Like I said, my hike of the Larapinta Trail (see earlier blog post) came to rather an abrupt end midway along it, at Ellery Creek. I'm at pains to describe exactly what happened, but one moment I was excitingly opening my food drop package, and moments later it seemed to game over.

Larapinta Trail, West Macdonnell Ranges, Alice Springs

I didn't want to taint my previous post about the Larapinta Trail with this ending. It was with great reluctance and disappointment that I decided to exit the trail here, at Ellery Creek. I had hiked five days and 100 kilometres, six days and 120 kilometres remained.

At the campsite, the open food drop box beside me, I removed all my various foot bandages, some merely for protection, others for injuries. What I saw had me a little gob smacked, for I knew this could only mean the end of my hike. As some of you know, my immune system conspires against me. One author of a novel I read when talking of a similar condition, described the double edged sword that medication treatment held, "it was not so much pain relief with side effects, but effects with side relief."

Ellery Creek was a good spot to exit the trail, the main bitumen road lay just one and half kilometres to the south. The following morning, I bid farewell to my new trail friends, as they continued on eastwards. I plugged in my iPod, I hate it when I see hikers walking with iPods, but my hike was over and I needed cheering up. If anything, it helped me remove myself from the natural world, an attempt to pull me back to our world of cars and cold supermarkets. I walked slowly, hiking boots carefully attached to my pack, crocs on my feet, out to the bitumen road. I stopped by the emergency phone, checking out the criteria for it's use. On the road I hitched a ride into Alice Springs with a local retired butcher doing some plumbing work for his son. He had spent almost his whole life in Alice, he had seen it transformed from a town of 1,500 people with an unreliable railway to the south, and a hastily constructed world war two single lane bitumen road to the north, to a town with 25,000 people. He recalled from his childhood how the train came almost to the main street, how there was just one house on the other side of the Todd River, now there is urban sprawl.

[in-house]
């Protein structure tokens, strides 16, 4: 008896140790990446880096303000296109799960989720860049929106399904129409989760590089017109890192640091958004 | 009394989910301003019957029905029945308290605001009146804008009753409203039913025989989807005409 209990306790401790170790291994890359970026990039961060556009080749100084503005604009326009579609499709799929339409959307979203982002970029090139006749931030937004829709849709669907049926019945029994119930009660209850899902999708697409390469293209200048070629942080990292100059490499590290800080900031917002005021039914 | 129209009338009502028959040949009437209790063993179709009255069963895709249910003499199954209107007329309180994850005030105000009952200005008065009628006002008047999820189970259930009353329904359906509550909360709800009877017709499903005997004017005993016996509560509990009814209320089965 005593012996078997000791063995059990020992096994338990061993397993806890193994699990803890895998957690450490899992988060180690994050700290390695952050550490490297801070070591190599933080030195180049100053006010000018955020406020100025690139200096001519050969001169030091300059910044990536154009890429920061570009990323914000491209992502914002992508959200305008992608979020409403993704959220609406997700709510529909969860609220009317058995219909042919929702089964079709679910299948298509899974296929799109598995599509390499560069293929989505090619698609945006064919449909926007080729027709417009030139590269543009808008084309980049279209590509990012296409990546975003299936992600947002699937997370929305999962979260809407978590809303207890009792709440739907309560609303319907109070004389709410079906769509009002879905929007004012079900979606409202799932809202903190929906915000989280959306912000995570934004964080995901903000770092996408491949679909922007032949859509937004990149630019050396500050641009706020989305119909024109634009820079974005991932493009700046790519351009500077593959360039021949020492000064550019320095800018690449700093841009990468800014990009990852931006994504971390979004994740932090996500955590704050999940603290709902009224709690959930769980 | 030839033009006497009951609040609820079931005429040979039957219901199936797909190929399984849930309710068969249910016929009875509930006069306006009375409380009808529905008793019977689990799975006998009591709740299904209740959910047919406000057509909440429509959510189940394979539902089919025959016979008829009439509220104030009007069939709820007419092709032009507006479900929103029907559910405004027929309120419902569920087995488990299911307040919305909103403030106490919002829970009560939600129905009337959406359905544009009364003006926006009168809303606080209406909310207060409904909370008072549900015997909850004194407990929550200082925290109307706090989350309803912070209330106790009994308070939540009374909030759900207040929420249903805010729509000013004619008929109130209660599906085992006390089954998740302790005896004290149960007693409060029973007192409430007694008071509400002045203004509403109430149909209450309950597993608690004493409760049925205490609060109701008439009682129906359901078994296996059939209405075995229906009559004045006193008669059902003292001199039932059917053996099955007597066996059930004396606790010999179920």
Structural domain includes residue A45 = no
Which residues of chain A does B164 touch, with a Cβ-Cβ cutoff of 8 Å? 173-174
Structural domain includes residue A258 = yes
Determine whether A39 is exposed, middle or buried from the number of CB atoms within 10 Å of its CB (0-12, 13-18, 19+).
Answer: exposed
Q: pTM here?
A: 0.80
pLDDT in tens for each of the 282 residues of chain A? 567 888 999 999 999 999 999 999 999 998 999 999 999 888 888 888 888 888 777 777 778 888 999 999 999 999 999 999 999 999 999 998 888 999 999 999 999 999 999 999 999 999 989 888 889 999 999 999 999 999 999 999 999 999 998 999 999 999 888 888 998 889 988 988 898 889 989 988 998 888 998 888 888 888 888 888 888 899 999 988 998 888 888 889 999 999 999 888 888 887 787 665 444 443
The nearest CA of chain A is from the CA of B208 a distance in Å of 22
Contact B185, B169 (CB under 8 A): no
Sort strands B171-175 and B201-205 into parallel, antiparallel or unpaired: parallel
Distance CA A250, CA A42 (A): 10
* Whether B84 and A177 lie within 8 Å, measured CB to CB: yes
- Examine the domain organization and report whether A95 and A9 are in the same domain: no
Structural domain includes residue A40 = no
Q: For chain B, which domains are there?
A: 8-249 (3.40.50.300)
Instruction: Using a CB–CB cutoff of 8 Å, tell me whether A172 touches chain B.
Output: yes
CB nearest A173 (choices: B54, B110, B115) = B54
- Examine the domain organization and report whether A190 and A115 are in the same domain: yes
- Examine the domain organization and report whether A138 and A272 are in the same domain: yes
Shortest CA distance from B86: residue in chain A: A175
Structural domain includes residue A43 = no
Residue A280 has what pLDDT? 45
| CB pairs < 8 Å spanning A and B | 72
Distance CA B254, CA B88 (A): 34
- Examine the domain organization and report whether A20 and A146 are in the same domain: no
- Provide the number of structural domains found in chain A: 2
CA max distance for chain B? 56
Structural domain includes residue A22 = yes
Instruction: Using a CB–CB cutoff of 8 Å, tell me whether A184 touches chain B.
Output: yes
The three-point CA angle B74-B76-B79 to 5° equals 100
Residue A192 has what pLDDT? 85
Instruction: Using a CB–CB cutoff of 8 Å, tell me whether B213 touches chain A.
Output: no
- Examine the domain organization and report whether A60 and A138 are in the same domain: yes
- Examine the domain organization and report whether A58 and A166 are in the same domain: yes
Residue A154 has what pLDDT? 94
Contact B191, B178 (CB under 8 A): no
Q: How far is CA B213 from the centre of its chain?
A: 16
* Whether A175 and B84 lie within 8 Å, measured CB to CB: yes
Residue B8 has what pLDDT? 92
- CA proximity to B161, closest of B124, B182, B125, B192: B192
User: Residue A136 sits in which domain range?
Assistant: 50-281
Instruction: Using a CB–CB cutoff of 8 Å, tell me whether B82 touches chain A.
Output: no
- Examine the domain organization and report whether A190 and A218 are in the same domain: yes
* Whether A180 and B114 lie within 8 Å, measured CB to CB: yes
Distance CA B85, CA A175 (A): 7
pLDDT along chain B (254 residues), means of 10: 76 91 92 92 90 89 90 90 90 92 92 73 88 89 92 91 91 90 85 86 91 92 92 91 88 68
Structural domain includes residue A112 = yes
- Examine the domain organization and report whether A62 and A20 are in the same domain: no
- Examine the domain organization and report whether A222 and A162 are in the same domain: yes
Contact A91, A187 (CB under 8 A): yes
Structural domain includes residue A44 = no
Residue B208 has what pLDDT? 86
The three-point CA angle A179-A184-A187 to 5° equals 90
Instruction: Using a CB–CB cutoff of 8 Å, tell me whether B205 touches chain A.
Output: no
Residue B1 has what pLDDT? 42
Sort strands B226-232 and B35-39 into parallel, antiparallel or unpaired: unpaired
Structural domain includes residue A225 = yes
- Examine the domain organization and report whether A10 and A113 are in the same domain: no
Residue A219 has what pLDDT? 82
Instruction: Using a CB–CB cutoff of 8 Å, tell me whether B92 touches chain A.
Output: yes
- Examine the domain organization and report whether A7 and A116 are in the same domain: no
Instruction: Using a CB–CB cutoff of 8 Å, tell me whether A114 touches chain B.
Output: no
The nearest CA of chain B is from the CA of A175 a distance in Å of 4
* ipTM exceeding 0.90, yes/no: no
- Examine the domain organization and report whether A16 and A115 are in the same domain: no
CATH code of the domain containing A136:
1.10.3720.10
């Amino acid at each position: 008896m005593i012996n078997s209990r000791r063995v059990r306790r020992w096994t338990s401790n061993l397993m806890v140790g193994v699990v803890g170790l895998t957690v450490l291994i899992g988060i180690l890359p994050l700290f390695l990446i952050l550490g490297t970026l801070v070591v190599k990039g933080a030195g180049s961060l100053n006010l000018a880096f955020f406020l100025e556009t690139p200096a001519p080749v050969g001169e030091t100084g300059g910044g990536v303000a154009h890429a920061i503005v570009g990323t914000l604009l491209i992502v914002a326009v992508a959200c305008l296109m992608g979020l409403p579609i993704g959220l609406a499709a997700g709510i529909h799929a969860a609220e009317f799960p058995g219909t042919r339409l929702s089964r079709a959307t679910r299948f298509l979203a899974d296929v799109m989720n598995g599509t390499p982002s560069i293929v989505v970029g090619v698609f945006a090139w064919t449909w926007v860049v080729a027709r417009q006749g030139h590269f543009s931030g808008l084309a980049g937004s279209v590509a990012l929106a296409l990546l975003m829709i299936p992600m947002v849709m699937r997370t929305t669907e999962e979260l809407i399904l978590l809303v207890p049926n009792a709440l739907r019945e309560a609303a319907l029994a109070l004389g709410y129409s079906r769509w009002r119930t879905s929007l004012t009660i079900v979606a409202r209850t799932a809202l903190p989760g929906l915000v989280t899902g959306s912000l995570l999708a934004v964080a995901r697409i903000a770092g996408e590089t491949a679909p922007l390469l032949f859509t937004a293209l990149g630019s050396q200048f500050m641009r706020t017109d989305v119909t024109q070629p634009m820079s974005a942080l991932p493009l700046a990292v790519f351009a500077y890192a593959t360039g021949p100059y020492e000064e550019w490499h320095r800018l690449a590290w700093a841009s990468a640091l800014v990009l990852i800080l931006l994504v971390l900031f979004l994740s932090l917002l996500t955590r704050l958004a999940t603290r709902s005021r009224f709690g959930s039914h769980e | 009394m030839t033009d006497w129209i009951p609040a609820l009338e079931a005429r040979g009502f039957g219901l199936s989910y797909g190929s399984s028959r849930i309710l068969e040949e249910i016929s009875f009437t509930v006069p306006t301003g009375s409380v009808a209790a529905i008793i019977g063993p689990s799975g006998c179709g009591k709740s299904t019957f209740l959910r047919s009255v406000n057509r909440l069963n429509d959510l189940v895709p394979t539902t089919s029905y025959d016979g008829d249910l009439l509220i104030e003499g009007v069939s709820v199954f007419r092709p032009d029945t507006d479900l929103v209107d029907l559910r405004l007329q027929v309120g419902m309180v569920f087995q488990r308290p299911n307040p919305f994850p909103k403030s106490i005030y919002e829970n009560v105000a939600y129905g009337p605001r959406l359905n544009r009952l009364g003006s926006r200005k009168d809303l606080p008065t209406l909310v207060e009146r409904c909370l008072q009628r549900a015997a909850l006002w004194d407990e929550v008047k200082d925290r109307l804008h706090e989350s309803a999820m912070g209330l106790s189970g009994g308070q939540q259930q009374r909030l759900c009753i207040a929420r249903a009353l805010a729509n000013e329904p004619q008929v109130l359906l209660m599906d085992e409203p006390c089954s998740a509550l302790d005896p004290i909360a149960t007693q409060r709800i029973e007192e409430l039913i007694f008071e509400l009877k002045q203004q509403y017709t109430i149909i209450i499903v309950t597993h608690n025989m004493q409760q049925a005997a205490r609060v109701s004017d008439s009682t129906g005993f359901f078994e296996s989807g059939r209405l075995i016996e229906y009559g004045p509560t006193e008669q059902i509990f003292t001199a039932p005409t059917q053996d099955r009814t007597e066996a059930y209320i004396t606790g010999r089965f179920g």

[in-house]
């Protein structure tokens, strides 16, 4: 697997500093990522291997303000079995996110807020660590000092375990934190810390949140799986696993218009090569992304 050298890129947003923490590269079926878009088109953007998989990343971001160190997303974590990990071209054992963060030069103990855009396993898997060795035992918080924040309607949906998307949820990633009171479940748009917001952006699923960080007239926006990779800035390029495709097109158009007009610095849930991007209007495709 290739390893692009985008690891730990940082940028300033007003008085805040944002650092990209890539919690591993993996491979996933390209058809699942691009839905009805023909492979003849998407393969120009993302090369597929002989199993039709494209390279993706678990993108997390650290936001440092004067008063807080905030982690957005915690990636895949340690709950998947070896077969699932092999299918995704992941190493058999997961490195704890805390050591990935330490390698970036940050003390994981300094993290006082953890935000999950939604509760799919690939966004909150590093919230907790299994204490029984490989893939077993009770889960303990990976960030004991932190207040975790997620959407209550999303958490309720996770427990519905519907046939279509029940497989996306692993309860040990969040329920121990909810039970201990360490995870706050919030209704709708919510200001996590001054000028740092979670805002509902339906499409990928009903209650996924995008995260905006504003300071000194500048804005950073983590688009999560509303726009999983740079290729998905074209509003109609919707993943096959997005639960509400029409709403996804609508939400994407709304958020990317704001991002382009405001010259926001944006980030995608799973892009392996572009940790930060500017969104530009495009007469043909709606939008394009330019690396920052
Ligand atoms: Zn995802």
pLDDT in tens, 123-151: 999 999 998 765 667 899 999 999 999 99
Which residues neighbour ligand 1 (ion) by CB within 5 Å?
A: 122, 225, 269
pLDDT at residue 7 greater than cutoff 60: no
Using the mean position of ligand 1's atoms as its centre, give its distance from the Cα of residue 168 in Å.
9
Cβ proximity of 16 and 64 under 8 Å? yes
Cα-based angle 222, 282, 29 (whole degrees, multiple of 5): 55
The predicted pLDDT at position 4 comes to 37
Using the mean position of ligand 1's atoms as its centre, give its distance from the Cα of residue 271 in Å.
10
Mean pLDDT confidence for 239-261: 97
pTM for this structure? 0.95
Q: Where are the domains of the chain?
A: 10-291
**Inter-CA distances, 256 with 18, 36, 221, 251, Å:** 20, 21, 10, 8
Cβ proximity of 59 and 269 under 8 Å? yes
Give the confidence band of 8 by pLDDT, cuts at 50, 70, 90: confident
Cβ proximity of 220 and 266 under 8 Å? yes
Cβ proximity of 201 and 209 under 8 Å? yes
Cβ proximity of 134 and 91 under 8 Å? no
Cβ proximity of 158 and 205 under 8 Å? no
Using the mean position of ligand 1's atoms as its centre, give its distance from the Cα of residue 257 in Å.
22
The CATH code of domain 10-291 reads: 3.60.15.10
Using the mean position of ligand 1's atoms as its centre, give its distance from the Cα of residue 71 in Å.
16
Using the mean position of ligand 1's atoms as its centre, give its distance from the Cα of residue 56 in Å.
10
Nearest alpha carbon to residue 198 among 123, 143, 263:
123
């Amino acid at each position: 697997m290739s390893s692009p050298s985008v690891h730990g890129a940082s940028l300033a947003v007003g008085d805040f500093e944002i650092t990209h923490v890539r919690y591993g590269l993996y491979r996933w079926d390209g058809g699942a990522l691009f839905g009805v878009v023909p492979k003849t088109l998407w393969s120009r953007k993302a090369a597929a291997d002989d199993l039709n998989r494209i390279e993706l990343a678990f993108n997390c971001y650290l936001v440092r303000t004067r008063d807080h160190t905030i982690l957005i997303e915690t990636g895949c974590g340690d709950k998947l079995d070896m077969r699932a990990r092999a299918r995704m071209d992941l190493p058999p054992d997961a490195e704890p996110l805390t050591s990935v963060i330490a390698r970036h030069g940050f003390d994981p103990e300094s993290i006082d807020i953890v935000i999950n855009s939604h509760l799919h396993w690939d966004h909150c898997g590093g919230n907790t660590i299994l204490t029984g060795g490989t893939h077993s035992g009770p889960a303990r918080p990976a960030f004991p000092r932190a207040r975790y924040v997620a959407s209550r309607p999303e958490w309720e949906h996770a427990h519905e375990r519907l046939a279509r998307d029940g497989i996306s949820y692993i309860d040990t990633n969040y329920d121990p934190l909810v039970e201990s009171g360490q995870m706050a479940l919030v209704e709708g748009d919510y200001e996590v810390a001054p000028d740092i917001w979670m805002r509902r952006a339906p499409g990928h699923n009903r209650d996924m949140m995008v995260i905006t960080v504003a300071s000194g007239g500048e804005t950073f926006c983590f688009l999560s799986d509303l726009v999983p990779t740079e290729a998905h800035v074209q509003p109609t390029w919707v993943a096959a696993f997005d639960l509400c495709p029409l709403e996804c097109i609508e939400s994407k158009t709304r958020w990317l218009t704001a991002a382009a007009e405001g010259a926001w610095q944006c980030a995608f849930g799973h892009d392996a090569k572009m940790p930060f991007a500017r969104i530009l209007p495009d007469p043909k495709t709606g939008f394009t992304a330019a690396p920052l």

In Alice I phoned each of the four medical clinics in town. None could fit me in for a further five days. One rather hopefully offered me an appointment on August 26, some 14 days away. In terms of infections, five days was an eternity, 14, well, at least four times an eternity. So I had no choice but to wait four hours in Emergency, simply to get some antibiotics.